Stocks discussed on the in-depth session of Jim Cramer's Mad Money TV Program, Tuesday May 17.
Cramer discussed three companies which are transforming their businesses by remodeling their stores.
Kohl's (KSS) has elevated remodeling to a science. Nearly 100 of its 1,100 stores are having makeovers, and Kohl's has taken the average remodeling time down from 12 weeks to 7. When it has transformed the layout and appearance of its locations in the past, Kohl's has seen a 7% increase in sales at the stores. The company has increased its high-margin private label offerings, and has seen a 40% rise in e-commerce. Kohl's has terrific cash flow and is buying back $1.8 billion worth of stock. It plans to institute a dividend in June. With a multiple of 12 and a growth rate of 13%, Kohl's is cheap.
Walgreen (WAG) is remodeling its stores and lowering operating costs. Not only is it making over the appearance of its locations, but is changing management structure of its stores. The company has already remodeled 1,500 stores and expects to refresh an additional 3,500. Walgreen has seen a 5.5% increase in sales and the stock is up 30% from where Cramer got behind it in October 2010.
Autozone (AZO), the leader in auto parts, converted 60 of its 140 stores in 2009 and is continuing to revamp its locations. The company is seeing a 21% growth in commercial business. Cramer would wait until AZO reports on May 24th before buying the stock, which is up 53% since last year.
Cramer took some calls:
Wynn Resorts (WYNN) is a winner on its big numbers in Macau.
Saks (SKS) is not the kind of stock that works well on options because it is a "slow creeper." Cramer would stick with the common stock. He likes the company's earnings, but added it seems stuck.
Lululemon (LULU), like other high multiple stocks, is under pressure. Tuesday is the first day Cramer has seen a real turnaround, and he would buy LULU with deep in the money calls going out 3 months. The common stock is too risky right now.
In spite of the fact that stocks are being sold off, they should be higher, given lower commodity costs and falling oil prices. Around 85% of stocks should go higher or at least stay steady on lower prices at the pump. Cramer thinks oil prices may fall to as low as $85-90, and restaurant stocks will be a main beneficiary. He dedicated a segment to discussing restaurants that have already seen substantial growth, mature companies that are more stable investments than regional to national stories. With more mature restaurants, growth rates don't matter as much as same store sales and the companies' ability to refresh their brands.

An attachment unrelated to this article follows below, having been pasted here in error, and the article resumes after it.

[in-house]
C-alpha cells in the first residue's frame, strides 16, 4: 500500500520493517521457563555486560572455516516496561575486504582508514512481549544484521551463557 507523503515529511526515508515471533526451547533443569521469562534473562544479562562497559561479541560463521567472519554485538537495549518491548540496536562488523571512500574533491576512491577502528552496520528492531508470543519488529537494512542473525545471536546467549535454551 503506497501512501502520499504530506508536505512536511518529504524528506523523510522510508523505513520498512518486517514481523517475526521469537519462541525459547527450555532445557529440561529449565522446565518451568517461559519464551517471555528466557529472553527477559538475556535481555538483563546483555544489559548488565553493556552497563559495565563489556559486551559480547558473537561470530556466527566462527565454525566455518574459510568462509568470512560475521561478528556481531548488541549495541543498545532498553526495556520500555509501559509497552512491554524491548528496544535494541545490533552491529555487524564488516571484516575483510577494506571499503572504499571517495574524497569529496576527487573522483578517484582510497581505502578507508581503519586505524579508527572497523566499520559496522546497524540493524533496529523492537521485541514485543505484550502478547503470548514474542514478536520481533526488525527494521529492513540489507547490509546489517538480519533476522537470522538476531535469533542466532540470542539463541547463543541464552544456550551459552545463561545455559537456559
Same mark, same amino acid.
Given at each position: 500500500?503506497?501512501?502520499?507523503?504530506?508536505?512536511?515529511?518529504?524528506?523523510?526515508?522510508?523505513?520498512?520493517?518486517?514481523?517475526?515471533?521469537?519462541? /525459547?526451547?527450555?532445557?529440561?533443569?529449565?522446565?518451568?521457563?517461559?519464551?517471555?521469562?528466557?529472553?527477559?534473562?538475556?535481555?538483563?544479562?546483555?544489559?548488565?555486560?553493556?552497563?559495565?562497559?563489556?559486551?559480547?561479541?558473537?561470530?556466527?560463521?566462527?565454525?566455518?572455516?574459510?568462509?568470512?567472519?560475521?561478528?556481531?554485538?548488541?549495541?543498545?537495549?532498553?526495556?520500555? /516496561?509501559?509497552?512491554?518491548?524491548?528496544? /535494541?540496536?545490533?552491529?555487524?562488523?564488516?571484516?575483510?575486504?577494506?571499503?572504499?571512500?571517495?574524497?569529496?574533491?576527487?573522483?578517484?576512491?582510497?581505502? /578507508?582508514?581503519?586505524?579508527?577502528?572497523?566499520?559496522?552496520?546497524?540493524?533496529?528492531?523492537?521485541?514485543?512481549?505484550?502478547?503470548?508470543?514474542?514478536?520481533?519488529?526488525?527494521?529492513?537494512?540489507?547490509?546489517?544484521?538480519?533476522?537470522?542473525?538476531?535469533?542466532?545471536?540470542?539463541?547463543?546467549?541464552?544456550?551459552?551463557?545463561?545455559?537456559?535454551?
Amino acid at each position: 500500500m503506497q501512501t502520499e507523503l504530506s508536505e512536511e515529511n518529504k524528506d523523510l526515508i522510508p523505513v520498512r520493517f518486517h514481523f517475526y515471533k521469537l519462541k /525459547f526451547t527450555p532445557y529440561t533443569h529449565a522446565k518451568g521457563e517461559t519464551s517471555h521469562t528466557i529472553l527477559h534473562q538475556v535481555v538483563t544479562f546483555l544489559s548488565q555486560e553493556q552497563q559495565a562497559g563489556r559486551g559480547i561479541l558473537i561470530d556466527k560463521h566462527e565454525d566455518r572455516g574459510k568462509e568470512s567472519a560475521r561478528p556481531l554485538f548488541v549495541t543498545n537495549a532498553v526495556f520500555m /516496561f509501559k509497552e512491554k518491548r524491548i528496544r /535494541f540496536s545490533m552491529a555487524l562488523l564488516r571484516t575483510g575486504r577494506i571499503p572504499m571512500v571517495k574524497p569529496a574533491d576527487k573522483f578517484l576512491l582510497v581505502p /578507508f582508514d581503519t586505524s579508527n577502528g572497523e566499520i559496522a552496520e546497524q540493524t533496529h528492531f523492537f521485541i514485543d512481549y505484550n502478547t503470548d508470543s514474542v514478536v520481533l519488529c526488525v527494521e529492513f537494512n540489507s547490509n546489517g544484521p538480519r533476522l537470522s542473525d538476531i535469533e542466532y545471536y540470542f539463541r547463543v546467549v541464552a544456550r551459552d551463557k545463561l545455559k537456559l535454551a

Darden (DRI) is the master of rebranding. Red Lobster was in terrible shape in 2009 with same store sales down 14%. The company remodeled its Red Lobster restaurants with a seaside dining theme, and the chain is now back in positive territory. Darden also revamped Olive Garden with a Tuscan farmhouse theme and is in the process of transforming Longhorn Steakhouse into an elegant ranch house dining experience. Even when commodity prices were high, Darden showed excellent discipline in keeping costs down and reported three consecutive quarters of margin improvement. The company has a clean balance sheet, a buyback in place and offers a dividend of 2.6%. Darden is Cramer's top restaurant pick of the day.
DineEquity (DIN) is turning around Applebees with a massive remodeling project, and the chain is seeing same store sales rise by 3%. IHOP is lagging behind with same store sales down 2.7%. DineEquity does not have the same exposure to commodity costs because of its franchise business model, but might see less upside on lower commodity prices than Darden.
Brinker (EAT) is only just beginning its rebranding efforts with Chili's and offers a dividend of 2.2%.
Goldman Sachs (GS)
Investors ask Cramer about banks, which have been "professional pinatas" of late. They look cheap, but might well get cheaper. Technical analyst John Roche think the banks are value traps. True value stocks have some momentum, but the bank stocks are stalled or declining. The chart of Goldman Sachs (GS) shows that the stock has managed to stay above its support of $130 but broke through its 40 week moving average. There might only be ten points of downside, but if Goldman Sachs falls past $130, it may go as low as $110. GS is down 16% year over year and the S&P has risen 5%. There is no point looking to European banks for investment ideas, since their charts are even worse. Cramer doesn't see the fundamentals improving for the banks, especially since the government is cracking down on the banking sector.
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